Justice is seen mostly clearly in its absence. It is easier to notice injustice than justice, and when people talk about experiencing justice in positive terms, they usually mean that a previous injustice has been remedied.

The experience of injustice spans behaviors ranging in severity from rudeness and negligence to violent crime. But it can also include the distribution of property, as when it is alleged to be unjust that some are very wealthy while others are very poor. If justice is what is revealed by negotiations of injustice, then it is a very broad category, including not only all behaviors, but also the distribution of income, wealth, roads, transportation, housing, food, clothing, fresh water, pollution, education, art, fun, and much more. Bad actions may be judged to be unjust, but even good actions are targets for justice talk when they are considered suboptimal; consider how many people berated Elon Musk for frivolity in sending a car into space, implying that he had a duty to use his resources to solve certain social problems instead (such as buying houses for poor people). Injustice is simply the state of a misfit between the fairness expectations of a group of people and reality.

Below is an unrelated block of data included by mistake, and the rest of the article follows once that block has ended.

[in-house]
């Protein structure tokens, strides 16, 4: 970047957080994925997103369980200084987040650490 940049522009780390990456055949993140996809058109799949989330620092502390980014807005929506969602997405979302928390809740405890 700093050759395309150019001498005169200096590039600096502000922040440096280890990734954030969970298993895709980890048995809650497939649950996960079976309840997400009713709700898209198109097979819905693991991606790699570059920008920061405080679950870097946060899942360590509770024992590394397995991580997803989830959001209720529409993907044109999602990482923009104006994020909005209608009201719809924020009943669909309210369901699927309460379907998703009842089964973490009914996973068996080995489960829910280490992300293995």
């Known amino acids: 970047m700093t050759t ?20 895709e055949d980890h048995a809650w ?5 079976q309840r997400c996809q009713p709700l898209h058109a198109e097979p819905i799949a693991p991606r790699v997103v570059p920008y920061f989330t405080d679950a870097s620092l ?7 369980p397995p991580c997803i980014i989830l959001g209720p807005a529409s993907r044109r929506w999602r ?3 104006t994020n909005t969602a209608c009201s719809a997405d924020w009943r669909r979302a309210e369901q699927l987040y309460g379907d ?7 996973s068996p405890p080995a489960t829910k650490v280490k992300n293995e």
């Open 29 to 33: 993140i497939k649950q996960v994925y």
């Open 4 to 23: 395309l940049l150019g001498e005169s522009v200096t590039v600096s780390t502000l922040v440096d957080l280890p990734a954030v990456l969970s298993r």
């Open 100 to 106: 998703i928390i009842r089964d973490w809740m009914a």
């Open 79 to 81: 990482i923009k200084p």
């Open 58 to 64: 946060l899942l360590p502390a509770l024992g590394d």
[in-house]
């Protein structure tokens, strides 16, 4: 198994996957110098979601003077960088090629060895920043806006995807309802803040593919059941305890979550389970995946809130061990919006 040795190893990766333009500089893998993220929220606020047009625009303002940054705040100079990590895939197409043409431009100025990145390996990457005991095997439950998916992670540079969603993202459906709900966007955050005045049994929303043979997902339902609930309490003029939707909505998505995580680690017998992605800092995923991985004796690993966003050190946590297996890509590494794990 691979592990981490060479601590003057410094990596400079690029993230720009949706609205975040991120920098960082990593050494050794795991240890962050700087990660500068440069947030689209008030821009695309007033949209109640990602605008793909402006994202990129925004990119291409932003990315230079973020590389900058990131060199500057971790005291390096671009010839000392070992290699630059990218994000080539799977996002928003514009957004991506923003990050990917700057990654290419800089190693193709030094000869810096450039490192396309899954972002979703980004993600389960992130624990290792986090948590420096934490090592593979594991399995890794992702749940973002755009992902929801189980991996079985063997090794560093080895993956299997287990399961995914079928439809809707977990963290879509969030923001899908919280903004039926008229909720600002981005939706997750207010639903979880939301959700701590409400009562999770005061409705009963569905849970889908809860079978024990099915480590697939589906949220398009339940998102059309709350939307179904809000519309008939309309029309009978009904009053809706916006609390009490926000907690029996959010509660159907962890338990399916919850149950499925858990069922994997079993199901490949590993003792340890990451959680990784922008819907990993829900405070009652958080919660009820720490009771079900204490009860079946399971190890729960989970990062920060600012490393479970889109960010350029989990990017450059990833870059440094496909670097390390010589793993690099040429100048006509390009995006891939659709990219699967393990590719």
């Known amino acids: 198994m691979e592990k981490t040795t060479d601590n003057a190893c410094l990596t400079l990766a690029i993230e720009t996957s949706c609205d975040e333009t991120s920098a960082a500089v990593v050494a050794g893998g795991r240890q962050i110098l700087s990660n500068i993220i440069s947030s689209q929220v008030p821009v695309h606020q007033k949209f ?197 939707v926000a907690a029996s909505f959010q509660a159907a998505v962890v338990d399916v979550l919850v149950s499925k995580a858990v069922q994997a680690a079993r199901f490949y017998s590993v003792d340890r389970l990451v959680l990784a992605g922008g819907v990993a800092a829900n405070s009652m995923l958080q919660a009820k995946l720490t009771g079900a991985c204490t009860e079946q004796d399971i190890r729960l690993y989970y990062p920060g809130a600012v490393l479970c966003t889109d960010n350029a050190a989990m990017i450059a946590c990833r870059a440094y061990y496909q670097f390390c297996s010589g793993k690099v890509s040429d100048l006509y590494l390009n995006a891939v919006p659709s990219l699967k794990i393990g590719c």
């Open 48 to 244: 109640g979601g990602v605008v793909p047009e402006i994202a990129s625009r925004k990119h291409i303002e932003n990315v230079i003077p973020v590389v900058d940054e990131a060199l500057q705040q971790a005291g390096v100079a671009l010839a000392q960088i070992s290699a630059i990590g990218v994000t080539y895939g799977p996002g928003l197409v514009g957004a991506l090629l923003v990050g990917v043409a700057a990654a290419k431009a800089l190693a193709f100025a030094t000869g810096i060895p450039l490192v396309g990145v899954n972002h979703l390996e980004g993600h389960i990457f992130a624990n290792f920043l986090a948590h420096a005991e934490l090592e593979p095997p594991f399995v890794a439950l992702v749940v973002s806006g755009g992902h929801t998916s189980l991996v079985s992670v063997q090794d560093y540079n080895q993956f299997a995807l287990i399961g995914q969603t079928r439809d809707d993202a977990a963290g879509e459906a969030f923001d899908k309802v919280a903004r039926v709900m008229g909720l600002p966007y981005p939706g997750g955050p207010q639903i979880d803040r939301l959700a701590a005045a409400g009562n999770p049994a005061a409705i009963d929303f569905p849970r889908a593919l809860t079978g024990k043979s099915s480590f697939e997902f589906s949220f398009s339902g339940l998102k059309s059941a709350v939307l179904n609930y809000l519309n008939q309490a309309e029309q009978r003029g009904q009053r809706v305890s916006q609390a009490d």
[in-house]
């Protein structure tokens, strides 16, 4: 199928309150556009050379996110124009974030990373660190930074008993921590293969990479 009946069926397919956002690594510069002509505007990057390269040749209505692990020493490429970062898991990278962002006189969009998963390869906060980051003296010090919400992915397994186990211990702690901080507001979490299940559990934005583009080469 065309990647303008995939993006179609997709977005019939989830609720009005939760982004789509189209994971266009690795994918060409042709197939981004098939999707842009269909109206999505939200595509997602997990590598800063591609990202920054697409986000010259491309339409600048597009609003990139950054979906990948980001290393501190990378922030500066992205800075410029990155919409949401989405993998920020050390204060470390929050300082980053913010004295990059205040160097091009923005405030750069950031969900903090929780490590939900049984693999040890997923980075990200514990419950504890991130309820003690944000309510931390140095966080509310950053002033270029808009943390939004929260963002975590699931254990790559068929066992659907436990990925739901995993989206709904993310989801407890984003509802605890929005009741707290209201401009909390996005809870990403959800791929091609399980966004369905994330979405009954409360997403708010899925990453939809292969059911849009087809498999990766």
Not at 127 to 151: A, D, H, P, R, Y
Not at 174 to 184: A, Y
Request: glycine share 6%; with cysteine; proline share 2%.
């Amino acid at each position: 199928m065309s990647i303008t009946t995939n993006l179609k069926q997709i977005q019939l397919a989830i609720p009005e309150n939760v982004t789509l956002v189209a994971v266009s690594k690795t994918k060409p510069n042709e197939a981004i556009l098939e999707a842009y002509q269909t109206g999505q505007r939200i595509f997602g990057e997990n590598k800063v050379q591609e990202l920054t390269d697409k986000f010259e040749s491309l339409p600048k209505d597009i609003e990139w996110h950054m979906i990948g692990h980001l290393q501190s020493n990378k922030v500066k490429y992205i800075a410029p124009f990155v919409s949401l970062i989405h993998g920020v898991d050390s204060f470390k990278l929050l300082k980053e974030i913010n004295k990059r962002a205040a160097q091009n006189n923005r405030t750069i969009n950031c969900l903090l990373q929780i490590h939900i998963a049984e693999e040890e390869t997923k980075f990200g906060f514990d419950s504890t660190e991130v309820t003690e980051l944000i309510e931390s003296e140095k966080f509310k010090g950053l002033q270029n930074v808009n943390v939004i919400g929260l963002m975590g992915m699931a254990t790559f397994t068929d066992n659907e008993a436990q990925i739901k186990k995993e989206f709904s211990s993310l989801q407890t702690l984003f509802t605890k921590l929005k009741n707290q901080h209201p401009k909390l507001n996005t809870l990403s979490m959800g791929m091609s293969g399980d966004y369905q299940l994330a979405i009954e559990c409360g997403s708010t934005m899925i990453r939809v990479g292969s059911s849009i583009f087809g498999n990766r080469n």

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(Don’t) Be the Gray man

The is a guest post by Patrick Steadman

A few days after Trump was elected, one of my friends tweeted that he was going to buy a gun. Six months later, another friend quoted the tweet, gently dragging him for not actually buying the gun.

While such virtue signaling is a bit cringeworthy, I think it’s a type of behavior we should expect and encourage in a functioning democracy in which people have healthy feelings of belonging and connection.

It would’ve been much worse if my friend had bought the gun, learned how to use it, and told no one, blending in with his creative professional peers among whom gun ownership is uncommon.

That would have made him a gray man, which is like normcore for preppers, except in the ways that it isn’t.

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The Elephant in the Brain

Long-time contributor and editor-at-large Kevin Simler has a great new book out, The Elephant in the Brainco-authored with Robin Hanson. A bunch of us over here in the refactoring lair have been reading it of course, so you can expect to see the ideas in the book seeping into future posts. There’s a couple of excellent reviews out already if you want to get oriented in the snowballing conversation around the book (the book website has a running compilation) .

The book tackles our blindspots regarding our own motives: